Perfectionism in Adolescence: Associations With Gender, Age, and Socioeconomic Status in a Norwegian Sample
Journal article, Peer reviewed
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Original versionFrontiers In Public Health. 2021, 9, 688811. 10.3389/fpubh.2021.688811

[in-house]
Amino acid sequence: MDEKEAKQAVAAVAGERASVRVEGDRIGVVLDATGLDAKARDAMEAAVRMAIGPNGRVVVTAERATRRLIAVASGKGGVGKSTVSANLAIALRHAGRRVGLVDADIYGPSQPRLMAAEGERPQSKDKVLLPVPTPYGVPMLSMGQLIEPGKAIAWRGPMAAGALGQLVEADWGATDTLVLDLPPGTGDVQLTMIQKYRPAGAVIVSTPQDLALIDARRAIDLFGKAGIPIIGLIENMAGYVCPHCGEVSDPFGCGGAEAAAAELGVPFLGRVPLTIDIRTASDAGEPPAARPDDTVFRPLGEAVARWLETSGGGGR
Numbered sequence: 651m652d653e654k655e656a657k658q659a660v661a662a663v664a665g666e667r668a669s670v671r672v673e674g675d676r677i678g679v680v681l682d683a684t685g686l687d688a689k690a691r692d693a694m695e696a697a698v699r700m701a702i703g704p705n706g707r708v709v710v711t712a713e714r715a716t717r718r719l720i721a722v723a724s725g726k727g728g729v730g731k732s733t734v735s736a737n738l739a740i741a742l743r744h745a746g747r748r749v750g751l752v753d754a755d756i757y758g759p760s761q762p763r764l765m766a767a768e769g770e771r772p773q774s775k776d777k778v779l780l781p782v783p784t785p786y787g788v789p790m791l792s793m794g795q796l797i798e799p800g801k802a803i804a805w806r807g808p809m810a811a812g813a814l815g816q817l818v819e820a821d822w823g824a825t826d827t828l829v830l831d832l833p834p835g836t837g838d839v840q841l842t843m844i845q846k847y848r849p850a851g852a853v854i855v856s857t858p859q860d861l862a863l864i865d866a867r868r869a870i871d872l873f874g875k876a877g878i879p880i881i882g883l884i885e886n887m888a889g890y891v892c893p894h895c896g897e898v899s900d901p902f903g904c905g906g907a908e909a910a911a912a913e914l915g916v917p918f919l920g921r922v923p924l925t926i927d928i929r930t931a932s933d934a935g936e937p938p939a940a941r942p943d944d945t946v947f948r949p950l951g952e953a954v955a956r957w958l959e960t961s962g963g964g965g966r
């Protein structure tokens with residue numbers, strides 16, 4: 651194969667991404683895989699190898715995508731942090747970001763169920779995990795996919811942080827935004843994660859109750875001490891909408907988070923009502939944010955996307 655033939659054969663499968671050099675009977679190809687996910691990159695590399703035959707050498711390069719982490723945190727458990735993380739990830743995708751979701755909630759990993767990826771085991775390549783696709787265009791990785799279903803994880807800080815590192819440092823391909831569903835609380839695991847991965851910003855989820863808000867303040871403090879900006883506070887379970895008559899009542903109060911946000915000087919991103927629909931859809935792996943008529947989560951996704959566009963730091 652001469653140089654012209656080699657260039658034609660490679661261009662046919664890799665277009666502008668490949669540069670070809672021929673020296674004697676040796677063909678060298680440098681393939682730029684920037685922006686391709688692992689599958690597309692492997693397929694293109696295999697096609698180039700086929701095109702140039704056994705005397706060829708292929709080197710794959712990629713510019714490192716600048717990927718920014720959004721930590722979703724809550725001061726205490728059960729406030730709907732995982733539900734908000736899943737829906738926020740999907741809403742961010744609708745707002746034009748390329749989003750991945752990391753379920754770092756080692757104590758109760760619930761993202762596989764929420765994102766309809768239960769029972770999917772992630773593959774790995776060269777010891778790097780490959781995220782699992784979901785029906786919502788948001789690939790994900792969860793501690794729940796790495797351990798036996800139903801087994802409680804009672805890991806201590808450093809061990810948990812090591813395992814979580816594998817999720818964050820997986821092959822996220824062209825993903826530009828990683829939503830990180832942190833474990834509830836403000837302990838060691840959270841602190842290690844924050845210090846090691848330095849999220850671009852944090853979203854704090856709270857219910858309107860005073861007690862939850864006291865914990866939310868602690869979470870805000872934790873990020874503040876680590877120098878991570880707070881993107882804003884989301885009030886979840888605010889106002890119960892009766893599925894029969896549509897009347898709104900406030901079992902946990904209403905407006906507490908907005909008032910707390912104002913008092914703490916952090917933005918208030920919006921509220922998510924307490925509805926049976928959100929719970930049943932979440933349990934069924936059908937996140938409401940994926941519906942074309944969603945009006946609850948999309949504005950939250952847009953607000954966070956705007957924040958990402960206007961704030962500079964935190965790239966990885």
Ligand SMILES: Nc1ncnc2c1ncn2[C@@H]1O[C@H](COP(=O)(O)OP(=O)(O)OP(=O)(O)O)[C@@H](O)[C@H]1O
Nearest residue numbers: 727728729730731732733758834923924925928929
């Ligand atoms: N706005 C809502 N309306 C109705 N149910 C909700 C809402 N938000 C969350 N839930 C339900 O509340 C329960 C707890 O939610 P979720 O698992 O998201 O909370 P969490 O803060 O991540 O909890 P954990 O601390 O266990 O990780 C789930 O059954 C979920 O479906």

Background: Perfectionism in adolescence has received increased attention, but few studies have examined this in non-clinical samples. This study investigated perfectionism among adolescents from the general population in relation to demographic factors. Methods: The present study is cross-sectional and draws on the epidemiological youth@hordaland study. The sample consisted of 10.217 adolescents aged 16–19 years (52.9% girls). Self-reported perfectionism was assessed by the EDI-P scale from the Eating Disorder Inventory with two dimensions of perfectionism, namely self-oriented (SOP) and socially prescribed (SPP) perfectionism, and a total score. Perfectionism was analyzed in relation to age, gender, and socioeconomic status (SES) by perceived economic well-being and parental education level. Chi-squared tests, t-tests, and regression analyses were performed. Results: There were few gender differences on the mean scores on perfectionism, with similar levels on the total score of EDI-P and SOP, while girls scored slightly higher on SPP (p < 0.001). The latter gender difference represented a small effect size (Cohen's d = 0.053). Chi-square analyses with perfectionism split at the 90th percentile across gender showed that there were significantly more girls than boys among the high scorers both for EDI-P, EDI-SOP, and EDI-SPP. There were no significant differences between levels of perfectionism between the three age groups. The logistic regression analyses adjusted by age and gender showed that adolescents with a better perceived economic well-being had increased odds of high perfectionism. This was evident for overall EDI-P (OR = 1.760, 95% CI = 1.493–2.076), SOP (OR = 1.543, 95% CI = 1.292–1.843), and SPP (OR = 1.836, 95% CI = 1.559–2.163). Parental education was not significantly associated with perfectionism scores among the adolescents. Conclusions: The levels of perfectionism were relatively similar between the genders in the present study, besides slightly higher SPP among girls than boys. There were also significantly more girls than boys among the high scorers on overall perfectionism, SOP, and SPP, respectively. High perfectionism was related to SES for perceived economic well-being, but not for parental education level. Implications for further research and clinical interventions were suggested.